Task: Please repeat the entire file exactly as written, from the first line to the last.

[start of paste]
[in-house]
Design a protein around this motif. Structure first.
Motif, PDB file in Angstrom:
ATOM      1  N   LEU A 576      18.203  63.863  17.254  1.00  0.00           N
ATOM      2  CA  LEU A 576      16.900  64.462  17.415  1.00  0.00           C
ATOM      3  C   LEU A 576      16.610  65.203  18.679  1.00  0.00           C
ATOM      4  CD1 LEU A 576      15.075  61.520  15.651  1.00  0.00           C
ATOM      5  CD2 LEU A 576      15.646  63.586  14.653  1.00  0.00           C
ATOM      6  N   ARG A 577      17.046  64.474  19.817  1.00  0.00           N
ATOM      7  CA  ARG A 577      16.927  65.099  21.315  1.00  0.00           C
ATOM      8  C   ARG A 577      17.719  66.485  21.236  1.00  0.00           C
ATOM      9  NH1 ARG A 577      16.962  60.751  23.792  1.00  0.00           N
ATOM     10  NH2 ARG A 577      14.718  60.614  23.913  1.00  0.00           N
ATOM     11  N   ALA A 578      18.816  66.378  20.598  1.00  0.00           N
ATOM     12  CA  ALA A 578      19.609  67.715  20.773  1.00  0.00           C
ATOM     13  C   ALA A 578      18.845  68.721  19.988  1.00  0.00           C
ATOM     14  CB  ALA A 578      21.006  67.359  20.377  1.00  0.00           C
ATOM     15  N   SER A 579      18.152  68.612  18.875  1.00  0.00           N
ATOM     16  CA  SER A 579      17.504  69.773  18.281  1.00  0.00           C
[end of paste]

[in-house]
Design a protein around this motif. Structure first.
Motif, PDB file in Angstrom:
ATOM      1  N   LEU A 576      18.203  63.863  17.254  1.00  0.00           N
ATOM      2  CA  LEU A 576      16.900  64.462  17.415  1.00  0.00           C
ATOM      3  C   LEU A 576      16.610  65.203  18.679  1.00  0.00           C
ATOM      4  CD1 LEU A 576      15.075  61.520  15.651  1.00  0.00           C
ATOM      5  CD2 LEU A 576      15.646  63.586  14.653  1.00  0.00           C
ATOM      6  N   ARG A 577      17.046  64.474  19.817  1.00  0.00           N
ATOM      7  CA  ARG A 577      16.927  65.099  21.315  1.00  0.00           C
ATOM      8  C   ARG A 577      17.719  66.485  21.236  1.00  0.00           C
ATOM      9  NH1 ARG A 577      16.962  60.751  23.792  1.00  0.00           N
ATOM     10  NH2 ARG A 577      14.718  60.614  23.913  1.00  0.00           N
ATOM     11  N   ALA A 578      18.816  66.378  20.598  1.00  0.00           N
ATOM     12  CA  ALA A 578      19.609  67.715  20.773  1.00  0.00           C
ATOM     13  C   ALA A 578      18.845  68.721  19.988  1.00  0.00           C
ATOM     14  CB  ALA A 578      21.006  67.359  20.377  1.00  0.00           C
ATOM     15  N   SER A 579      18.152  68.612  18.875  1.00  0.00           N
ATOM     16  CA  SER A 579      17.504  69.773  18.281  1.00  0.00           C